In yesterday’s Guardian, Ian Thomson reviewed his “book of the day”:
“Helgoland by Carlo Rovelli, translated by Erica Segre and Simon Carnell, is published by Allen Lane (£20).
Carlo Rovelli, the Italian theoretical physicist, is one of the great scientific explicators of our time. His wafer-thin essay collection, Seven Brief Lessons on Physics, sold more than 1m copies in English translation in 2015 and remains the world’s fastest-selling science book. In The Order of Time and Reality Is Not What It Seems, Rovelli illuminated the disquieting uncertainties of Einsteinian relativity, gravitational waves and other tentative physics. Nobody said that post-Newtonian physics was easy, but Rovelli’s gift is to bring difficult ideas down a level. His books continue a tradition of jargon-free popular scientific writing from Galileo to Darwin that disappeared in the academic specialisations of the past century. Only in recent years has science become, in publishing terms, popular and attractive again.
Rovelli’s new book, Helgoland, attempts to explain the maddeningly difficult theory of quantum mechanics. The theory was first developed in 1925 by the young German physicist Werner Heisenberg during a summer holiday he spent on the barren North Sea island of Helgoland. It was there that the 23-year-old, stricken by hay fever, conceived of the “strangely beautiful interior” of an atom’s mathematical structure and, at a stroke, overturned the certainties of classical physics. Gone was the old idea that atoms consisted of tiny electrons that moved mechanically round heavier protons – as planets orbit the sun. Heisenberg’s intuition was that electrons moved in diffuse, cloudlike waves…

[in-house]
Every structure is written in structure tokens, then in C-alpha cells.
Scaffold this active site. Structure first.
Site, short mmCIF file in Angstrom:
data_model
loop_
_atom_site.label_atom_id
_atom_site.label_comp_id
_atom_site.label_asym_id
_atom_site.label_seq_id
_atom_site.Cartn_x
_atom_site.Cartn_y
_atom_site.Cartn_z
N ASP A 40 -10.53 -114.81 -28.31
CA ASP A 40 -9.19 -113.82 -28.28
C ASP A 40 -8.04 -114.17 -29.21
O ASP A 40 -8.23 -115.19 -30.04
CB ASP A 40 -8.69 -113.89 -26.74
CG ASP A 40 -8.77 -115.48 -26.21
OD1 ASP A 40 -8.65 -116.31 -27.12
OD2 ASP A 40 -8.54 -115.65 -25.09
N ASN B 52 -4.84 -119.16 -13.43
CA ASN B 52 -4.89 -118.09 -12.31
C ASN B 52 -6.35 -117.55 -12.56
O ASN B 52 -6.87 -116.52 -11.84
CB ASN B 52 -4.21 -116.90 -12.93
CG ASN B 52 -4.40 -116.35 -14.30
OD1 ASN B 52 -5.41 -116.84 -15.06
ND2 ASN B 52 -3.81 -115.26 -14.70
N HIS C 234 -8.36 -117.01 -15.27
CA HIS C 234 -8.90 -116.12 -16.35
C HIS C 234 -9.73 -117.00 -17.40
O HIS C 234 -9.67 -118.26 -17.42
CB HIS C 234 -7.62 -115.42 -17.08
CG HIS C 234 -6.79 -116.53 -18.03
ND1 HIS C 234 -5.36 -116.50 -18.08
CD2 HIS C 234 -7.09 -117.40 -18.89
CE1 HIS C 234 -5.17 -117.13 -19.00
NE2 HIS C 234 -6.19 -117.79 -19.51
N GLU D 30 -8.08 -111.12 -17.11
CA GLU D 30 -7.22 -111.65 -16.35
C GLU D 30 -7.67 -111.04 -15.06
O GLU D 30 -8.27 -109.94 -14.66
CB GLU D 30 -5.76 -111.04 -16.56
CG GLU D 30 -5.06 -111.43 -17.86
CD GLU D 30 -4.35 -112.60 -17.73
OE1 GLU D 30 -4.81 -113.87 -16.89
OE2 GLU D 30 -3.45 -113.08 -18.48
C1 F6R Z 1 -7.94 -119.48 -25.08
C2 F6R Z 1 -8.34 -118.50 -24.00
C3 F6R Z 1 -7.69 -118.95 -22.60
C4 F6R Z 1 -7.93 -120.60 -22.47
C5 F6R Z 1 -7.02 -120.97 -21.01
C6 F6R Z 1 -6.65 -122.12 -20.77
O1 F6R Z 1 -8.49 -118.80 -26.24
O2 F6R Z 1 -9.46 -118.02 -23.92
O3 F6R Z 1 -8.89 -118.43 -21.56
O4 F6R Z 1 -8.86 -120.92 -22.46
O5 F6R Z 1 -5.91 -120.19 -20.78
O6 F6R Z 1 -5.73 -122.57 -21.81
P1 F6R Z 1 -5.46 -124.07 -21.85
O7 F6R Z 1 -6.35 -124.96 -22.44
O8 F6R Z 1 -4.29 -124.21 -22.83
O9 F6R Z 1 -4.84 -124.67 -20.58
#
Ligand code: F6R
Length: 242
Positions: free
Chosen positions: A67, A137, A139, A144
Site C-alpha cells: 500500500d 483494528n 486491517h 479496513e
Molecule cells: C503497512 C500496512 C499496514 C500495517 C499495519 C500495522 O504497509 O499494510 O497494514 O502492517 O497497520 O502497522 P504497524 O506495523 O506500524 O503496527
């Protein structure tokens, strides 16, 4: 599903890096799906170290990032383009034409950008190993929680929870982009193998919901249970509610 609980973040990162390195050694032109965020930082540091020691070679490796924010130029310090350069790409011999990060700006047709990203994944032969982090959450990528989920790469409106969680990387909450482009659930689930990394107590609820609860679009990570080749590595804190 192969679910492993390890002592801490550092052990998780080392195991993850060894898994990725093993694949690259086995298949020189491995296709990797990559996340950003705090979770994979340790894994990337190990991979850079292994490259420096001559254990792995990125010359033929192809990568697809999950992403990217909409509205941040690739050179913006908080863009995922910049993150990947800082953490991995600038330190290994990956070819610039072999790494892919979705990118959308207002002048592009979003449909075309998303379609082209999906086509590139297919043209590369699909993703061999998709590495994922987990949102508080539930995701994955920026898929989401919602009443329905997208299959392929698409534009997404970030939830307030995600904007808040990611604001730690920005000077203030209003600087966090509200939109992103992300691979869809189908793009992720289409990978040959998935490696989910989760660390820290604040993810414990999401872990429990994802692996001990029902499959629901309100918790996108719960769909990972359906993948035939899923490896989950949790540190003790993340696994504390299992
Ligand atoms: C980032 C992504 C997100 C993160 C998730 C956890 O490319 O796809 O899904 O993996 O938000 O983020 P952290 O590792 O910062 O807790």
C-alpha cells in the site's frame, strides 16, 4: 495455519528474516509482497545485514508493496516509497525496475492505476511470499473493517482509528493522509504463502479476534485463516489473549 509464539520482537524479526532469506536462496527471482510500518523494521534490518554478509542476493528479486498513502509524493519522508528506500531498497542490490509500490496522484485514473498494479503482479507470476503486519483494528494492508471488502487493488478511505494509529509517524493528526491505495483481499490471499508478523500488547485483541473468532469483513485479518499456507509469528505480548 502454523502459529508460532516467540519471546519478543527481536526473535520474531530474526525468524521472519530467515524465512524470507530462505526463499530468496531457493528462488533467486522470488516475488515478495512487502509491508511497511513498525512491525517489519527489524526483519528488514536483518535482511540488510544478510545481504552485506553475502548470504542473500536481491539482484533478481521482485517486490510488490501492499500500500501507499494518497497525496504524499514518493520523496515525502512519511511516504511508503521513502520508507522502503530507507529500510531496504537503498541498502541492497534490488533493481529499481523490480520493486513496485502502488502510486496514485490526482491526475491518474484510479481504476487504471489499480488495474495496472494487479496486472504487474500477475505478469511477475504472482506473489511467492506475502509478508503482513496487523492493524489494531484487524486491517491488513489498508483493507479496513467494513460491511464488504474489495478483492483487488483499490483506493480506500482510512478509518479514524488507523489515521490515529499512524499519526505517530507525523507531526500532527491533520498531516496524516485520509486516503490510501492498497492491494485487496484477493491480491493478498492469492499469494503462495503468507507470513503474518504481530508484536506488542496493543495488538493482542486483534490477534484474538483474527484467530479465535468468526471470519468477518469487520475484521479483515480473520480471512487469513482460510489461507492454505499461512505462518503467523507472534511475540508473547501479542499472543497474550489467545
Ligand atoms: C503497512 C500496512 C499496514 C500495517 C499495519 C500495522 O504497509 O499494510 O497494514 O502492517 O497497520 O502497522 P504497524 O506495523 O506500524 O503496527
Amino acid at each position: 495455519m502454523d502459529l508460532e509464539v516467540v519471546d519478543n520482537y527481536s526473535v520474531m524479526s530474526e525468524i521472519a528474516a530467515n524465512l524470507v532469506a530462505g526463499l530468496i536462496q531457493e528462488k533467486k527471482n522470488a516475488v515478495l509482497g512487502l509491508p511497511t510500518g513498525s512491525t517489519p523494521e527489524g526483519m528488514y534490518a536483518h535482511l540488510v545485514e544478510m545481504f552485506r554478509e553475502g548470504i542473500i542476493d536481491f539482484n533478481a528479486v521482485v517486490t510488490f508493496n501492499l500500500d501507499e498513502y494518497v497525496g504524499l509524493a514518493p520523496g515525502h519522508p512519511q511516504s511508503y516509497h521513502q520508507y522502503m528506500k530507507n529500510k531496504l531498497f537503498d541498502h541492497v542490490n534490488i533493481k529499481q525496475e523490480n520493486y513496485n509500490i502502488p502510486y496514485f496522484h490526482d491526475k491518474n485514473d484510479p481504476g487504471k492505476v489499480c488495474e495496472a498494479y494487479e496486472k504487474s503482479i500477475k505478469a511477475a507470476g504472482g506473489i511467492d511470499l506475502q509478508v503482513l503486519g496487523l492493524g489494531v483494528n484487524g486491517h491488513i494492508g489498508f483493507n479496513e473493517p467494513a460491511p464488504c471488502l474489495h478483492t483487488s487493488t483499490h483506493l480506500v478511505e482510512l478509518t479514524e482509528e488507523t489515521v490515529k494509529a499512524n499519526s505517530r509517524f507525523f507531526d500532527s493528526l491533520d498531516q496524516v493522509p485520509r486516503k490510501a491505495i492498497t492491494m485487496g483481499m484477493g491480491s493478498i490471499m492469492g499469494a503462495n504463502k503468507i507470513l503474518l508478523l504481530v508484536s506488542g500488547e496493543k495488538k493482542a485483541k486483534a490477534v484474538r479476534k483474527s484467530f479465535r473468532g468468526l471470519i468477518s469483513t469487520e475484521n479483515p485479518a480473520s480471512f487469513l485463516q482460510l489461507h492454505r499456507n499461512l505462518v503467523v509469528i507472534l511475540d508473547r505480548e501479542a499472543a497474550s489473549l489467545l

…Humans exist by virtue of their continuous interactions with one another; so, too, do atoms and electrons. As a happy integration of science, literature and philosophy, Helgoland owes something to the Italian chemist-writer Primo Levi, whose literary-scientific memoir, The Periodic Table, reached the UK bestseller list in 1985 alongside Dick Francis. Rovelli’s book displays a very Levi-like enthusiasm for abstruse facts of all kinds. (The German director FW Murnau, we learn, had filmed parts of Nosferatu on Helgoland in 1922 a couple of years before Heisenberg arrived.)
Undeniably, the book is hard going at times. (“I hope I have not lost my reader,” Rovelli says at one point.) The American physicist Richard Feynman presumably meant it when he said that “nobody understands quantum mechanics”. In his trademark lucid prose, Rovelli does his best to explain why this might be so. Known for his work on loop quantum gravity theory and the pre-Socratic Greek philosopher Anaximander, Rovelli is a deep-thinking, restlessly inquiring spirit who sees no incompatibility between physics and philosophy – only mutual attraction.
Science, in Rovelli’s estimation, is not about certainty; it is informed by a radical distrust of certainty. What is real? What exists? Helgoland, beautifully translated by Erica Segre and Simon Carnell, is the beginning of wisdom in these things.”